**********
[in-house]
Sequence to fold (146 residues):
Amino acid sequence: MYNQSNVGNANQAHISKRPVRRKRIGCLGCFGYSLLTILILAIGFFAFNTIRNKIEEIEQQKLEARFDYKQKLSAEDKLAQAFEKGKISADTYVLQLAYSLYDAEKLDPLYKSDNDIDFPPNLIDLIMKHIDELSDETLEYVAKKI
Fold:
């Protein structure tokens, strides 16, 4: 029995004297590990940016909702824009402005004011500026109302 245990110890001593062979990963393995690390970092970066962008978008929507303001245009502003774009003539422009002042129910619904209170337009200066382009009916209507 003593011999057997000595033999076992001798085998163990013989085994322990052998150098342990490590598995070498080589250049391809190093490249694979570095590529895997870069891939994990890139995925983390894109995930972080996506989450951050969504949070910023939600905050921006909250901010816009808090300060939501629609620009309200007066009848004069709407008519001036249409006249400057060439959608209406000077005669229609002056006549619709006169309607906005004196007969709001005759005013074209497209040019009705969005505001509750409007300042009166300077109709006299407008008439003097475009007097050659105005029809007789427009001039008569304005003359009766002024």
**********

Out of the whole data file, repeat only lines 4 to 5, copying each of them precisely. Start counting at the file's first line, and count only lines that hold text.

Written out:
Fold:
């Protein structure tokens, strides 16, 4: 029995004297590990940016909702824009402005004011500026109302 245990110890001593062979990963393995690390970092970066962008978008929507303001245009502003774009003539422009002042129910619904209170337009200066382009009916209507 003593011999057997000595033999076992001798085998163990013989085994322990052998150098342990490590598995070498080589250049391809190093490249694979570095590529895997870069891939994990890139995925983390894109995930972080996506989450951050969504949070910023939600905050921006909250901010816009808090300060939501629609620009309200007066009848004069709407008519001036249409006249400057060439959608209406000077005669229609002056006549619709006169309607906005004196007969709001005759005013074209497209040019009705969005505001509750409007300042009166300077109709006299407008008439003097475009007097050659105005029809007789427009001039008569304005003359009766002024």